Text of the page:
It was supposed to be a mid-summer break from Midwestern reality. A return to the land of surf and traffic. Instead it became a world coated in soot and ash and a surreal exercise in ‘California Dreamin.’
It was snowing the day we arrived in Palm Springs. In fact, it had been snowing soot and ash for several days. Officials labeled the cause as the ‘mountain fire.’
At its height, there were over 3000 hotshots fighting the conflagration just over the mountains from Palm Springs. Local newscasters are all aflutter with hints of doom and gloom descending on this tony enclave of absentee owners. Admittedly, it was a little unsettling to watch the night flames moving high in the mountains above us like a surreal basket of glowing orange in a bowl of black. But realistically, it would be a stretch to say the fire was threatening our community. But, of course, there were television ratings to grow and it made for exciting, if not exaggerated, story-telling. The national news was even more distorted.
A friend wrote to ask if we were concerned about our home being consumed by the fire. I answered “not so much. We’re heading behind the Orange Curtain tomorrow.”
Now it’s 6:00 am on the main drag heading through town. We’ve left the desert and pasted through the Orange Curtain. I’m the only one up, meandering toward the main beach. There is little traffic and only a few public works folks picking up trash. This return to the ocean brings new meaning to the cliché ‘spending the night together.’ It’s a romantic return to my first sojourn to the Pacific Ocean in 1965. The beginning of a lifetime of romantic illusions of sea and surf and sin.
It’s the height of summer season along the West Coast with its art festivals, hordes of bronze bodies on surf boards and women showing more skin than they would ever dare show anyplace else on the planet. Traffic on the PCH (Pacific Coast Highway) is unbelievable. It’s California at its best. A kind of cliché etched in stone by advertisers and every Midwesterners distraction from winter.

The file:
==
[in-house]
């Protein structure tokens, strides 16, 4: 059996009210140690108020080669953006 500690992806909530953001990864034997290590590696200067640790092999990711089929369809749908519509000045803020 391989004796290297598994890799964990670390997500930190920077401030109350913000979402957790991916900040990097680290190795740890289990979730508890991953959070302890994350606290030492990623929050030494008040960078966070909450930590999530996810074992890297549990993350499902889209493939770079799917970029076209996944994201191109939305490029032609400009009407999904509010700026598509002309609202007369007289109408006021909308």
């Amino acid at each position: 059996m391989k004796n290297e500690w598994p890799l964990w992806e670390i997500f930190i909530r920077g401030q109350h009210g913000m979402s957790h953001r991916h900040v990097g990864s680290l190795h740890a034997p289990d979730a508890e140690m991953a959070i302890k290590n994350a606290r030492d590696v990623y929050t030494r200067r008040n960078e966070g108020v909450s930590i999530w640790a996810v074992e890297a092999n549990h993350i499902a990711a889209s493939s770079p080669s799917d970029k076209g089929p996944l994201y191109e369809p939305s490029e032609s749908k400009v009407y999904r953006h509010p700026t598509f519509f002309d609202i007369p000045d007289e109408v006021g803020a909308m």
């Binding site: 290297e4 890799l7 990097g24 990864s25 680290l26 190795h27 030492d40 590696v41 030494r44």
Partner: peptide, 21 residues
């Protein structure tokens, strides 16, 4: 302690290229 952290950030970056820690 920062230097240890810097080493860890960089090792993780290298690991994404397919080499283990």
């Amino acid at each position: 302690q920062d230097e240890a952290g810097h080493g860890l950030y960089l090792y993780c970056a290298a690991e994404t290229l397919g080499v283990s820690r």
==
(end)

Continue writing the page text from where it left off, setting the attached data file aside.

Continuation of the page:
First there’s a necessary side track to Starbucks for my morning fix. The first thing I see is a well-endowed, rail thin, leggy blond hugging a tall, muscular surfer dude. They seem to be whispering sweet nothings into each other’s ears. Only she’s old enough to be his mother. ..but they certainly seem to be very friendly.
Welcome to Laguna Beach.
Starting in the late 20’s, with the opening of a road to Laguna Beach, this town quickly became a thriving magnet for artists, musicians and other creative types. I’m told the difference between this town and Newport Beach, its neighboring community to the north, is that they don’t all cut their hair the same down here and the people aren’t plastic. The homes in Laguna Beach certainly aren’t the ticky-tacky million dollar stucco beauties that line the ridgelines and mountain sides of Newport.
In Laguna Beach, houses range from expansive mansions on top of the mountains to shacks lining the side streets (think ‘favela’ in Portuguese) to everything in-between. Outside of the business district, few of the streets have sidewalks. The houses come in all size, shapes and colors.
It’s mid-summer so we’re past ‘May gray’ and ‘June gloom.’ Yet it’s still overcast and hazy and a typical morning on the beach before the sun burns through the haze and heats up the place.
What I encounter is the early morning beach scene before the tourists, boarders, surfers and bogie-boarders begin their assault on the ocean. The air is thick with the smell of rotting seaweed which will soon be replaced by the odor of suntan lotion, beer and kid’s drinks filling the vacuum. Thankfully, the air is still cool before the salty breeze leaves the skin sticky to the touch.